Of course, they blame others for their problems — it’s never their “fault”.
They’ve often read books about budgeting or been told the trick of cutting up credit cards, but that just doesn’t work.
They don’t know how to “do” money. Then half a level up the pyramid are the…
- Survivors — these are employees, self-employed or even business people who seem to make just enough money each month to have nothing.
And if by accident they end up with some money in the bank they spend it or take a holiday. They are just surviving.
While the fact is that at Level 0 people simply lives beyond their means, the real cause of their problems is denial of this.
Unless they are prepared to change, their financial future is bleak.
The fundamental key to getting out of this level is mindset, education and taking financial responsibility.
So first be honest with your personal cash flow position.
Then stop the bleeding by changing your financial habits and at the same time get a financial mentor.
Fact is when you’re at Level 0 you can’t get out of your problems on your own.
You need someone to mentor you and you need to be part of a group — just like getting fit or losing weight — it’s just too hard to do on your own.
How many people sit on the couch watching diet videos while eating ice cream?
The next rung up is…
Wealth Level 1 — Financial Stability
This is the most basic level of wealth and gives you some level of financial security.
- Also read:12 inflation jargons explained: Here’s everything you need to know
- Also read:Why I’m not worried about inflation — and why you shouldn’t be either
- Also read:Where should I buy my next investment property in Australia?
- Also read:How many investment properties do you need to retire?
- Also read:Top 20 strongest global prime property markets for 2022 — and 5 Aussie cities made the list
You have achieved Financial Stability when:
- You have accumulated sufficient liquid assets (such as money in an offset account, line of credit or savings) to cover your current living expenses for a minimum of 6 months.
- You have private medical insurance and some life insurance to protect you and your family’s lifestyle should you become permanently ill, disabled, unable to work or, if worse comes to worst, you suddenly die.
I know that’s an unpleasant thought, but in the last year two of our acquaintances died leaving their families in financial trouble.
At this level you will have the peace of mind that should any unexpected challenges come your way, such as retrenchment, a business failure, illness or disability, you and your family’s lifestyle will not be unduly compromised.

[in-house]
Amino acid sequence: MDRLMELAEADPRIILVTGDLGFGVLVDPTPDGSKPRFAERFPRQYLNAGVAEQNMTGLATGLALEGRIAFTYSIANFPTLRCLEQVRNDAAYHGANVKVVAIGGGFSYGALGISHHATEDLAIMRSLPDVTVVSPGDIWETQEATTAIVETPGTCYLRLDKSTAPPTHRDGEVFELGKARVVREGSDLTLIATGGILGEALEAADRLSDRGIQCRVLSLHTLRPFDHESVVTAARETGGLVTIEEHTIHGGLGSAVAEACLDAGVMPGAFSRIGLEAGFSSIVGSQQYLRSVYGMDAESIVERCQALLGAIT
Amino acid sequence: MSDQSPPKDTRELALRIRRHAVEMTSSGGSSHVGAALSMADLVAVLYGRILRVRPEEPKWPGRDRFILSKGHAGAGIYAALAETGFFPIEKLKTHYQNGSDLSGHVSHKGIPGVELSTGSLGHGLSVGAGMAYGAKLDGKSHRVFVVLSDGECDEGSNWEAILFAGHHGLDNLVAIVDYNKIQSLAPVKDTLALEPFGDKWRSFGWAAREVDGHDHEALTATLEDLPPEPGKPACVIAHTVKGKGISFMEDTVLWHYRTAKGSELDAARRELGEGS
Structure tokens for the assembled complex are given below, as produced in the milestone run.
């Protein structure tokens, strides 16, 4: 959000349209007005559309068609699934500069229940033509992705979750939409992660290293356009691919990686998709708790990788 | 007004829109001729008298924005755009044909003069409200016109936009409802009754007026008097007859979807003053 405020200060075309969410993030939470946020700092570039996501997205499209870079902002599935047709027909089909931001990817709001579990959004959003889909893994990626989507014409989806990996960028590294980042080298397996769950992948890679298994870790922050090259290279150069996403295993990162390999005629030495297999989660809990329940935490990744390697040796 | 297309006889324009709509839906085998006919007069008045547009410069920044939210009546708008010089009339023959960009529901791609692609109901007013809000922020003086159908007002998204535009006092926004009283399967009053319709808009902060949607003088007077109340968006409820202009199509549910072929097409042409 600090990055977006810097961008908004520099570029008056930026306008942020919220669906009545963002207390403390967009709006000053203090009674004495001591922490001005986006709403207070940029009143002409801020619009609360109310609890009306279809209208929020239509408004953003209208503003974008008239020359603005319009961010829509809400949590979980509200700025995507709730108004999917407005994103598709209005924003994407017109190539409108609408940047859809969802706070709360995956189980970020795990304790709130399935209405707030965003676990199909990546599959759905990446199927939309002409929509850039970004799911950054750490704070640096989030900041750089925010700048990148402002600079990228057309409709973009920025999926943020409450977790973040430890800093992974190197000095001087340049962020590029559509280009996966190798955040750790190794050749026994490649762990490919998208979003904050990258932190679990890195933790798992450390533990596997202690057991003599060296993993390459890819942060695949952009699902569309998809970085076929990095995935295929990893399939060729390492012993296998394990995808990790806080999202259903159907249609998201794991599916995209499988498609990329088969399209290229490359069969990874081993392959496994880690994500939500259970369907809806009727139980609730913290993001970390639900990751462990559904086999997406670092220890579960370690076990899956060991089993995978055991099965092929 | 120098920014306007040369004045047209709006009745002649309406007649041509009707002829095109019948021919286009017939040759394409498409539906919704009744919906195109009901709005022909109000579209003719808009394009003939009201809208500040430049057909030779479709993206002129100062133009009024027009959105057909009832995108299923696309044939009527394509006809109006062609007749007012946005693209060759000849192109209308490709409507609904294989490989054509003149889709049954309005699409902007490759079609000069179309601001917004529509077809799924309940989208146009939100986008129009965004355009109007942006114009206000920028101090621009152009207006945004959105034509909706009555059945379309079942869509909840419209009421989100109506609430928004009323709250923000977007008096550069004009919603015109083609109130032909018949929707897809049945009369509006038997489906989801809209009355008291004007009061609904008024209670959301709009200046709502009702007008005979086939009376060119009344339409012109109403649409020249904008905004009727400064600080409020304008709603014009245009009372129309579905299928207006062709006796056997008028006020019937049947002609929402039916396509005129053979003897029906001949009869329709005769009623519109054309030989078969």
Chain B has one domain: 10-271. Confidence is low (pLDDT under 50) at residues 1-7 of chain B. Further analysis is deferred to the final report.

You will have adequate time to look for new sources of income to put you back on track.
The problem at this level is that your cash flow is being controlled by others — your boss who pays your salary or your clients who pay for your services.
This means you’re still on a treadmill and you don’t have the ability to increase your cash flow without working more, and that has its limits.
Sure you’ve got a bit of a financial buffer, but if you stop working for a while you slip back to Level 0.
If you’re at Level 1 your goal should be to move more of your cash flow into assets and build that Cash Machine so your income does not depend on you putting in more effort.
At this level your biggest leverage comes from investing in yourself and becoming financially savvy building a solid base of financial and investment skills upon which you can grow your financial future, as well as beginning to build a network of peers you can make your journey with.
You’ll also have to choose the first wealth vehicle you are committed to master and become a devoted student learning all you can about this niche wealth vehicle.
In my opinion the best place for most people to start is residential real estate investing.
In making the decision on which wealth vehicle to go after, you must cultivate the discipline to say no to the pull of other "great opportunities" and vehicles.
I’ve made more money by saying no to second-rate investment opportunities than I’ve made by saying yes to them.
Then carefully choose who you’ll study with.
Contrary to popular belief, the most expensive education isn't "graduate school" like an MBA.
The most expensive education is one based on a flawed models and incorrect information.
The hardest form of learning is UN-learning all the wrong, mistaken, and flawed things you "learned" from unqualified teachers.
So choose to learn from the best.
It will save you years of frustration following defective models.
Your aim should be to move up to…
Wealth Level 2 — Financial Security
You achieve Financial Security when you have accumulated sufficient assets to generate enough passive income to cover your most basic expenses.